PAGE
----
In general, the new Web features of Photoshop and ImageReady 7 are modest in nature. But there’s one big exception: ImageReady’s Rollovers palette. If you’ve ever struggled while creating complex dynamic interfaces in ImageReady, you may feel that this one feature addition is worth the upgrade price.
A Different Dither
Traditional transparent GIF effects (top) are attractive, but must be matted to a particular background color. Using ImageReady 7’s dither-transparency feature, you can create a transparent effect that looks the same on any background (bottom).
An OS X version of Photoshop means that graphics and prepress professionals can, for the first time, seriously consider moving to Apple’s new operating system. The only question is: Will their favorite Photoshop plug-ins move with them?
Many Photoshop users depend on plug-ins for everything from high-end color correction to unusual image effects. But although most Photoshop 6 plug-ins should work fine with Photoshop 7 running in OS 9 or in OS X’s Classic mode, they do not yet run natively in OS X.
Many plug-in developers say they’re already working to convert their products to OS X; however, the process–rewriting hundreds, if not thousands, of lines of code–takes time. As a result, many companies are taking a selective approach to Carbonizing their software. Instead of trying to rewrite code for every program it offers, Alien Skin Software (888/921-7546, www.alienskin.com), maker of the popular Eye Candy plug-in series, says it will focus on having OS X versions of its newest products, such as Eye Candy 4000, available when Photoshop 7 is finally ready to ship. As a result, anyone who depends on Alien Skin’s older plug-ins, such as Xenofex, will have to wait for the next versions to get OS X compatibility.
Andromeda Software (800/547-0055, www.andromeda.com), which offers more than a dozen Photoshop filters and plug-ins, is taking the slow and steady approach to OS X compatibility. “We’re definitely planning to Carbonize everything,” says Product Manager Louann Barbeau. “But it’ll be gradual. We’d love to see them all at once, but our engineers are swamped.” According to Barbeau, Andromeda will Carbonize each of its plug-ins as it updates them–usually within a year of the last release.
Of course, if you aren’t the patient type and are looking for some instant OS X satisfaction, there are a number of OS X options already available. For example, Procreate (800/772-6735, www.procreate.com) began shipping its masking tool, KnockOut 2, and its suite of image filters, KPT Effects, last year. Likewise, Auto FX Software (205/980-0056, www.autofx.com) has released OS X versions of two of its plug-in suites–Dreamsuite 1.10, and Photo/Graphic Edges 5.0–with its color-correction software, AutoEye, soon to follow.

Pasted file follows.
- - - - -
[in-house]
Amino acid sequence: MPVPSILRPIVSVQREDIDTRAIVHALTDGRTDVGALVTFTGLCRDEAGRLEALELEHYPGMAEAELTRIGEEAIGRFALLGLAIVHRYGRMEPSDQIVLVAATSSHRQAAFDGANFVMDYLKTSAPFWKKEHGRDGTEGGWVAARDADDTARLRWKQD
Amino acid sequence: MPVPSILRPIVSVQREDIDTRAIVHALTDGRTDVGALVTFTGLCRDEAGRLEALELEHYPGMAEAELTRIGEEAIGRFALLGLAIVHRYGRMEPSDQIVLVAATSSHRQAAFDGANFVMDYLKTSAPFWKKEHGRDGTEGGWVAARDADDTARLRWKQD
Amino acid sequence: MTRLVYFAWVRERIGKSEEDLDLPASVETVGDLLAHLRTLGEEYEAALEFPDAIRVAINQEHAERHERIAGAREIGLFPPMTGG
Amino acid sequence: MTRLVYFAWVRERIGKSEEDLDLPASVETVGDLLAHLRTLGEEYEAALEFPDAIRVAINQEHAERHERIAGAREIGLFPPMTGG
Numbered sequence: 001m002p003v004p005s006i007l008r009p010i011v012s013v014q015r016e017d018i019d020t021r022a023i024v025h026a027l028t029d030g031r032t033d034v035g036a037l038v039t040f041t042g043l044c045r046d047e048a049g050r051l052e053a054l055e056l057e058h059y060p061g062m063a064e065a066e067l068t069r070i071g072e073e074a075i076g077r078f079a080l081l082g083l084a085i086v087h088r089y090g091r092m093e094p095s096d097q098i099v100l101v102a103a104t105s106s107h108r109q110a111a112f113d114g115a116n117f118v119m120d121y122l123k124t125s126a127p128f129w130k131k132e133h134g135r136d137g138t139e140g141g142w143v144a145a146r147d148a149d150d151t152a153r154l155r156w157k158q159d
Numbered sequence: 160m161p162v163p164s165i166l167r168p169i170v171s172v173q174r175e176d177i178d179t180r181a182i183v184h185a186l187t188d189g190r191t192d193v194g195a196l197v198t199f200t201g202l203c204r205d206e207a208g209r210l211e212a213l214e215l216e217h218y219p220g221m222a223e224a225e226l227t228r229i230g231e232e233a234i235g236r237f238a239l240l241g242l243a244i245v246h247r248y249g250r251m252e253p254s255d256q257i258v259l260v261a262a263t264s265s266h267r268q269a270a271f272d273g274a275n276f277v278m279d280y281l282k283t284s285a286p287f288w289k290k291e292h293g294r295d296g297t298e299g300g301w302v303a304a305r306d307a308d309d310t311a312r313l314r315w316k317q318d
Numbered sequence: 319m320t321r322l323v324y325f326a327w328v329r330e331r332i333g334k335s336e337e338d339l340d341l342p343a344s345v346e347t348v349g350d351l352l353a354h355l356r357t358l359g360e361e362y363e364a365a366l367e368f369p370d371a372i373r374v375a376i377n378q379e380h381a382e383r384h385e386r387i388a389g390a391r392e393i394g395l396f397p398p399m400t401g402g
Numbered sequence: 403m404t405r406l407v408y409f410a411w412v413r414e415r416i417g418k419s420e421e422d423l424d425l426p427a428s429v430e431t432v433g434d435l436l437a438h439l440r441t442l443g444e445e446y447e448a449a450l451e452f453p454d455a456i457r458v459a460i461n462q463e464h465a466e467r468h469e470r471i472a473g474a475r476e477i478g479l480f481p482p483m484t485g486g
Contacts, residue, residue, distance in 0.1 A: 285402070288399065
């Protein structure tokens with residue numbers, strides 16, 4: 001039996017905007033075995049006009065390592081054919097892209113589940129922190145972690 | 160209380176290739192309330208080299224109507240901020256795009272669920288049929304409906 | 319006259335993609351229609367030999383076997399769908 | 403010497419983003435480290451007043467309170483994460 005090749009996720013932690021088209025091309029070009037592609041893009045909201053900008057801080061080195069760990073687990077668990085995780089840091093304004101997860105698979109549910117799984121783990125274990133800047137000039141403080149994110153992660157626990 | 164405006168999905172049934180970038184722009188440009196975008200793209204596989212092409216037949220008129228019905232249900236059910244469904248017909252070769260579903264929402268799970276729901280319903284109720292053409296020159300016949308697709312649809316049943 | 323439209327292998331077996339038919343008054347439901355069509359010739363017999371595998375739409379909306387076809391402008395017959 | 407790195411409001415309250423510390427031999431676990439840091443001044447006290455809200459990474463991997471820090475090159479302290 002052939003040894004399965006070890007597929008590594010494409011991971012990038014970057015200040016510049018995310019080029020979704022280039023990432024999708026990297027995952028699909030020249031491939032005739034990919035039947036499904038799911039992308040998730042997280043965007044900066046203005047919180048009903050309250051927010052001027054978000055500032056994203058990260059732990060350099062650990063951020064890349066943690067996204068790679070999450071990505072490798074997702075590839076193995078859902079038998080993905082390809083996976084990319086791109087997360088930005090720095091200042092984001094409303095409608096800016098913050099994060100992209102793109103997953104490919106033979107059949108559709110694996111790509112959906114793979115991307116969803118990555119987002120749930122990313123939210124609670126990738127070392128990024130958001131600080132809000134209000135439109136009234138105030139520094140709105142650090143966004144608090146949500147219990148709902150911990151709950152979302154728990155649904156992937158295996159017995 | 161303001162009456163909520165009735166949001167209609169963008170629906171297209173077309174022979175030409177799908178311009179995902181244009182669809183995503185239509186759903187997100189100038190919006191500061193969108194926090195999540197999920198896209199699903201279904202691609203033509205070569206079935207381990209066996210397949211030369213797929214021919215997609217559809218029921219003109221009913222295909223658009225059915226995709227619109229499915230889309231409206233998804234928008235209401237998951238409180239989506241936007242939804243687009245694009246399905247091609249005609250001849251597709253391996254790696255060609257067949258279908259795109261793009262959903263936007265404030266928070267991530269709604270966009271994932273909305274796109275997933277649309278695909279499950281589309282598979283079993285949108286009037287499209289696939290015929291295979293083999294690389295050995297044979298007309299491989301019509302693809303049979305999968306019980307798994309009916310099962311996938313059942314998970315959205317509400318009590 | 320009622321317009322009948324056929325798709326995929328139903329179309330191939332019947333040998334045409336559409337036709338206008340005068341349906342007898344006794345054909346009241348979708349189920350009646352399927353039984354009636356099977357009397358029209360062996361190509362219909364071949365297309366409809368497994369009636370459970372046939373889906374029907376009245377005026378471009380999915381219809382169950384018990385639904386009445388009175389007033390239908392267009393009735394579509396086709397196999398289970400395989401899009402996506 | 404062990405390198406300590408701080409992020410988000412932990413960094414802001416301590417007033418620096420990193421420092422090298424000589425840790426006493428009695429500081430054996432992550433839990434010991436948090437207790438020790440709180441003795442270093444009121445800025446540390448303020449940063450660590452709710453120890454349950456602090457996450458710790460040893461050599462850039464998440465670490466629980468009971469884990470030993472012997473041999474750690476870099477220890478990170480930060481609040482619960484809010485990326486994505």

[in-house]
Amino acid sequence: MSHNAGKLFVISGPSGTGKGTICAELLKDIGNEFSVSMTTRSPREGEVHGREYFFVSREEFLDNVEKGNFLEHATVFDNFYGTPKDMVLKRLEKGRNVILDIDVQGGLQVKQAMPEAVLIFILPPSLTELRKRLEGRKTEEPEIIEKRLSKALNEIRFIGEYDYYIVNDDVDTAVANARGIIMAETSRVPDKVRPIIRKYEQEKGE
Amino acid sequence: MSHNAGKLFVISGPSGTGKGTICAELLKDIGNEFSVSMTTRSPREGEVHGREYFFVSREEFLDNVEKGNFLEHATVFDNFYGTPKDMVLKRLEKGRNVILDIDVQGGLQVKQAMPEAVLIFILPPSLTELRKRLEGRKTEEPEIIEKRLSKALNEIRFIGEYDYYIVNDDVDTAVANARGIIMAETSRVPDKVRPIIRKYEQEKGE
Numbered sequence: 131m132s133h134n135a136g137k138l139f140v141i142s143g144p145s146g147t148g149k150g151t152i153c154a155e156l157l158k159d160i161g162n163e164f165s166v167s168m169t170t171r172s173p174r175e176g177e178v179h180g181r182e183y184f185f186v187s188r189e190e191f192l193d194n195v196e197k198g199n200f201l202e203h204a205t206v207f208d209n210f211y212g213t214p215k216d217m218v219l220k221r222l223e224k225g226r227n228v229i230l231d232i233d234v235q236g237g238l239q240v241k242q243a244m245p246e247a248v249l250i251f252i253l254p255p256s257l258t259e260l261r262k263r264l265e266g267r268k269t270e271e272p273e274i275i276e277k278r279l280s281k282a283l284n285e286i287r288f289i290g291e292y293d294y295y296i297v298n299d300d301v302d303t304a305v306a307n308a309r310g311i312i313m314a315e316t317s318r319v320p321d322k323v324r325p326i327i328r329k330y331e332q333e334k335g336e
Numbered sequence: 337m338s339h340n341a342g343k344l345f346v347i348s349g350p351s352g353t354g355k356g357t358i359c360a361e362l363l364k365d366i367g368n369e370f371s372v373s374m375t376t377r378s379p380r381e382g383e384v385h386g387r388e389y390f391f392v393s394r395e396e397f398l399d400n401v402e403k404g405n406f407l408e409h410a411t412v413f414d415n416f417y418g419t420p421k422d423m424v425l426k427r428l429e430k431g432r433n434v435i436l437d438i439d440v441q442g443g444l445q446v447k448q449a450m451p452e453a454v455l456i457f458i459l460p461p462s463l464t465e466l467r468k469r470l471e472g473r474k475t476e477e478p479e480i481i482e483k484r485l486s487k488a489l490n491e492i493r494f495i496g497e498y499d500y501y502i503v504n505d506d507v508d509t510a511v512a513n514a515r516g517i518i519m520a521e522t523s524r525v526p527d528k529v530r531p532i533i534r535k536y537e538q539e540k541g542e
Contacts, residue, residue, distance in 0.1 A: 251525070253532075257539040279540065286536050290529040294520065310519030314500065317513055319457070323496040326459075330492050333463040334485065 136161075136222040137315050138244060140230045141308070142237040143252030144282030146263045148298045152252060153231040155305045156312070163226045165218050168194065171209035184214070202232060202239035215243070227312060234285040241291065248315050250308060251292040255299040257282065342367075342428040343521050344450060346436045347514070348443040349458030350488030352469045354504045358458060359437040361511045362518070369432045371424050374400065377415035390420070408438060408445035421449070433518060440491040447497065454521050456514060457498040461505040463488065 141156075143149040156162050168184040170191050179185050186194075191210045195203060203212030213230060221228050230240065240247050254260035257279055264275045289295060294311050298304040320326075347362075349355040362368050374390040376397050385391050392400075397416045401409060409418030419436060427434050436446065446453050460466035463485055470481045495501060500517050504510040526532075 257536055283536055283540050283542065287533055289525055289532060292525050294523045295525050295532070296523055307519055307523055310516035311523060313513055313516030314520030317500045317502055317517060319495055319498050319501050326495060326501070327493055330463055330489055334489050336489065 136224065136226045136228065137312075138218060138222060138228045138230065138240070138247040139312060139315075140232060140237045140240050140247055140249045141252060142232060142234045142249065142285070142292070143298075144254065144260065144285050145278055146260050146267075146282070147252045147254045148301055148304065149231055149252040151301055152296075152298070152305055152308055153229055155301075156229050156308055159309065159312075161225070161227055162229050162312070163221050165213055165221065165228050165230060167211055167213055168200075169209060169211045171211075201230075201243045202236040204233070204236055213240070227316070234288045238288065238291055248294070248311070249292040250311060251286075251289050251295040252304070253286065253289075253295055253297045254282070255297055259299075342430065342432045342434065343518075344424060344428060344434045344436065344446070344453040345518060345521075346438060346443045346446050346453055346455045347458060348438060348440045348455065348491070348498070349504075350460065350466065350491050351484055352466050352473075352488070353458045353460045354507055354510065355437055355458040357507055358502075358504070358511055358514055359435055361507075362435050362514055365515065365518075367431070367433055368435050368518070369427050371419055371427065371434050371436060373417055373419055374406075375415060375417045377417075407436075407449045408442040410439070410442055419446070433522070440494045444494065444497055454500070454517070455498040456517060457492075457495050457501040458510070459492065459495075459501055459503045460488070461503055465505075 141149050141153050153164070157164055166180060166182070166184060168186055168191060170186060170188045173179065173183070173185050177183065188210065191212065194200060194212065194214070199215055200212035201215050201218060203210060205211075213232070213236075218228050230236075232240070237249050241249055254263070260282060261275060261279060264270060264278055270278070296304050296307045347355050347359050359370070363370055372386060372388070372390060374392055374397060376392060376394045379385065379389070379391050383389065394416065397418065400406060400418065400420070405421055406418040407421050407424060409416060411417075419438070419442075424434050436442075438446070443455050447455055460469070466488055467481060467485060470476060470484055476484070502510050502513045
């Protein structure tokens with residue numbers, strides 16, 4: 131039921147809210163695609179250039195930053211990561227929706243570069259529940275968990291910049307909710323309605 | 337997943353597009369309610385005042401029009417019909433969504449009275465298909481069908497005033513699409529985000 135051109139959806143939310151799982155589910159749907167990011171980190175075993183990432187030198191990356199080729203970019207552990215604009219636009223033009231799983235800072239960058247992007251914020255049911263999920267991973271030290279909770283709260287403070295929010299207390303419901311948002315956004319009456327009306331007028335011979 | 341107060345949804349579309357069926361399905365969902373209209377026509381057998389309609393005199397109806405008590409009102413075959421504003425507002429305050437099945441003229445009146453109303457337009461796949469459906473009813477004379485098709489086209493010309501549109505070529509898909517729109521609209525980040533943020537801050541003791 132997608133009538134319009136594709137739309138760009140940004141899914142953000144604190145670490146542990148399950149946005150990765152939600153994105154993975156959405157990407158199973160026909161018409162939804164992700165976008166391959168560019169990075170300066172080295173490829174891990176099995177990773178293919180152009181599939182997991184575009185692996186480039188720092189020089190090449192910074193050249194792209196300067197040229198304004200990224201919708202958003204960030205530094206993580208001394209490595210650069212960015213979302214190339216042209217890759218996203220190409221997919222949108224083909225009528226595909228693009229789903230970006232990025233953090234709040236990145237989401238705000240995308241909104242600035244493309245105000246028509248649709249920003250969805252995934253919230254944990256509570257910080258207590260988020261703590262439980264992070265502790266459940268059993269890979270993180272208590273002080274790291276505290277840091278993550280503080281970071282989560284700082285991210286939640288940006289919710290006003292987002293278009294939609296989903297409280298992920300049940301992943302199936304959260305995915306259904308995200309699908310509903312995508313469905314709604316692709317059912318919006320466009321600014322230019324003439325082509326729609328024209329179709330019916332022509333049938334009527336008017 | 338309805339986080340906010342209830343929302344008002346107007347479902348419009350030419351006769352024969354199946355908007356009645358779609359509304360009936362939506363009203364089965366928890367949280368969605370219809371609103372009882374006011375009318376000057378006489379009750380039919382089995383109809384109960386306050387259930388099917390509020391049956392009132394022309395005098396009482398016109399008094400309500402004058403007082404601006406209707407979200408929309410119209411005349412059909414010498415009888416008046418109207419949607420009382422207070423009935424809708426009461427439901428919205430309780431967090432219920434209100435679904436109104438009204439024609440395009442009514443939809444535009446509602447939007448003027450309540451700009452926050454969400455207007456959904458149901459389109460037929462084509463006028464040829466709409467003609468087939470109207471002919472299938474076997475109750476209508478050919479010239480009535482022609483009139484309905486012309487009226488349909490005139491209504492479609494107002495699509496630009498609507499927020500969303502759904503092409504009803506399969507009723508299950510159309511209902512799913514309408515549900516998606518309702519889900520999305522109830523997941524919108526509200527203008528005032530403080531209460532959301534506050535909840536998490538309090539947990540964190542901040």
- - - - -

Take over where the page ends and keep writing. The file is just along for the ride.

With Adobe at last making a full commitment to Apple’s new operating system, more and more third-party plug-in developers will begin making the switch as well. Until then, if there’s a particular Photoshop plug-in you just can’t work without, you’ll need to backtrack to OS 9.
You can quickly fix a multitude of flaws with Photoshop 7’s Healing brush and Patch tool; both let you copy texture from one part of an image to another while preserving the latter area’s original color. To show you how to put these two new tools to work, I started with a less-than-perfect photo of myself (left) taken with an Olympus E-10 digital camera. I then went to work on giving myself a digital makeover.
Using the Healing Brush
My first task was to erase the tiny bumps from under my eyes. I selected the Healing brush by pressing the J key (the shortcut previously assigned to the Airbrush tool). Then I option-clicked inside the image to set the point from which I wanted to clone the texture. In this case, I chose the shadow to the side of my nose, where the skin appeared smoother (left).
Having set the source point, I painted over the flawed portion of the image. I began my brushstroke inside the shadow just below my eye. This ensured that the shadows from the source and destination areas would align properly. After Photoshop completed the drag, it took a moment to blend the colors around the brushstroke (right) with the texture from the source.
If you’re not satisfied with the results, you can undo the healing, deselect the Align option in the Options bar (to avoid replaying the same stroke), and try your drag again.
For larger areas that don’t respond well to the Healing brush, such as the scars on my forehead, the Patch tool can offer an easier solution.
First, I selected the area I wanted to fix with the Lasso tool (left). (You can use any selection tool or method you like for this part.) I feathered the selection slightly to blur it and soften the transitions.
Then, with the Patch tool selected (shift-J), I dragged the selection outline to an area of the image with smoother skin. The moment I released, Photoshop healed the selection, using texture from the new area (right) and the colors that surround the original selection outline.
The results are smooth skin and a much-improved complexion.
There are some issues that Adobe didn’t address with this update. For example, you still can’t edit keyboard shortcuts in Photoshop, the program lacks a good red-eye reduction filter similar to the one in Photoshop Elements, and it has no resizable previews in filter dialog boxes (or in the Variations window). Photoshop’s effects filters remain unchanged and static, despite the introduction of equivalent dynamic filters in Adobe After Effects several years ago. (As a result, a growing number of motion designers use After Effects for their still-image work.)
But in the end, most of these are quibbles for the hard-core Photoshop geek. For most users, Photoshop 7.0 offers enough new features–OS X support; the rewritten paint engine, with its innovative Healing brush and “natural media” feel; the integrated File Browser feature and new workspace tools; AppleScript support; and small but important Web-productivity enhancements–to make upgrading more than worthwhile.
This article appears in full in the April 2002 issue of Macworld. DEKE McCLELLAND is the author of the award-winning Macworld Photoshop Bible (Hungry Minds, 2000). He is also host of the 12-part video series Total Training for Adobe Photoshop (Total Training, 1999). KELLY LUNSFORD is a Macworld associate editor, and she teaches Web design at the University of California at Berkeley.